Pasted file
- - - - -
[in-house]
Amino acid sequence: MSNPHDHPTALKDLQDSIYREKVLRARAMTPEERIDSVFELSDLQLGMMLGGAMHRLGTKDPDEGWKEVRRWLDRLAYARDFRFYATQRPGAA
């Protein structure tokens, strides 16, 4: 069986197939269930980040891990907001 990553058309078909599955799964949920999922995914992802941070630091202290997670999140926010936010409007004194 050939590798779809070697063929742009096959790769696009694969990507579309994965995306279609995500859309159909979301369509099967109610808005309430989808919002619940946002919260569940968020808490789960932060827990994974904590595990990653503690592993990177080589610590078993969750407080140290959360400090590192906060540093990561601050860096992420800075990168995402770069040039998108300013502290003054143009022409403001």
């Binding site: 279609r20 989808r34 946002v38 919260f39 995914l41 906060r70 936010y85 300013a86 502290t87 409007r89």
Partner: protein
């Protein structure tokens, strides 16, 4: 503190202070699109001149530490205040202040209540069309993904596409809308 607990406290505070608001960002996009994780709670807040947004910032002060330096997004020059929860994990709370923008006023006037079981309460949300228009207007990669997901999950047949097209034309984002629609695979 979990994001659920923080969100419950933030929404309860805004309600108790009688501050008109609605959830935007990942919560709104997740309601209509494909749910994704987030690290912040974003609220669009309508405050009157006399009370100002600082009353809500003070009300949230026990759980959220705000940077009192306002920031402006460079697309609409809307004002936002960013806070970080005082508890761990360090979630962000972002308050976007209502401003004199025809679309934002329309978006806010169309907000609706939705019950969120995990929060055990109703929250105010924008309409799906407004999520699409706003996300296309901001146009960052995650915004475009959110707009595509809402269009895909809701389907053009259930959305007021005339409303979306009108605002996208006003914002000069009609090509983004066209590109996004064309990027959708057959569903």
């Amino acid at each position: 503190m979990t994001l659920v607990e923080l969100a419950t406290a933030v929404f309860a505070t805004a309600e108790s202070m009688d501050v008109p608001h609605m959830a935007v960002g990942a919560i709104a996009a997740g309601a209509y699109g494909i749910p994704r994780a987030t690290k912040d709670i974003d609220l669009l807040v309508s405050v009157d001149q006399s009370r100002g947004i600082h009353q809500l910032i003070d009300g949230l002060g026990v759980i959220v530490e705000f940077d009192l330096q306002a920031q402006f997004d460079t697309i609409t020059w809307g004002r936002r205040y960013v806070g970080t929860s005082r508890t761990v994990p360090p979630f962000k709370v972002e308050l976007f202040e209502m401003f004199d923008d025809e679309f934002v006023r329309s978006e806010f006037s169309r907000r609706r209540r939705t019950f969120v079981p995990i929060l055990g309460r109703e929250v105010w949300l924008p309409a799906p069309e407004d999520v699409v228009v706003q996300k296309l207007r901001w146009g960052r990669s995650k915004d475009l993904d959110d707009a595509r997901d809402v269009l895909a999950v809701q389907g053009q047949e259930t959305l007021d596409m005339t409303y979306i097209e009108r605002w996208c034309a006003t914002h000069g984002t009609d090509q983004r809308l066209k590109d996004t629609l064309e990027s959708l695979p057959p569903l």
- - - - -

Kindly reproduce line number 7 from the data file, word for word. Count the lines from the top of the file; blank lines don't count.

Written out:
């Amino acid at each position: 503190m979990t994001l659920v607990e923080l969100a419950t406290a933030v929404f309860a505070t805004a309600e108790s202070m009688d501050v008109p608001h609605m959830a935007v960002g990942a919560i709104a996009a997740g309601a209509y699109g494909i749910p994704r994780a987030t690290k912040d709670i974003d609220l669009l807040v309508s405050v009157d001149q006399s009370r100002g947004i600082h009353q809500l910032i003070d009300g949230l002060g026990v759980i959220v530490e705000f940077d009192l330096q306002a920031q402006f997004d460079t697309i609409t020059w809307g004002r936002r205040y960013v806070g970080t929860s005082r508890t761990v994990p360090p979630f962000k709370v972002e308050l976007f202040e209502m401003f004199d923008d025809e679309f934002v006023r329309s978006e806010f006037s169309r907000r609706r209540r939705t019950f969120v079981p995990i929060l055990g309460r109703e929250v105010w949300l924008p309409a799906p069309e407004d999520v699409v228009v706003q996300k296309l207007r901001w146009g960052r990669s995650k915004d475009l993904d959110d707009a595509r997901d809402v269009l895909a999950v809701q389907g053009q047949e259930t959305l007021d596409m005339t409303y979306i097209e009108r605002w996208c034309a006003t914002h000069g984002t009609d090509q983004r809308l066209k590109d996004t629609l064309e990027s959708l695979p057959p569903l």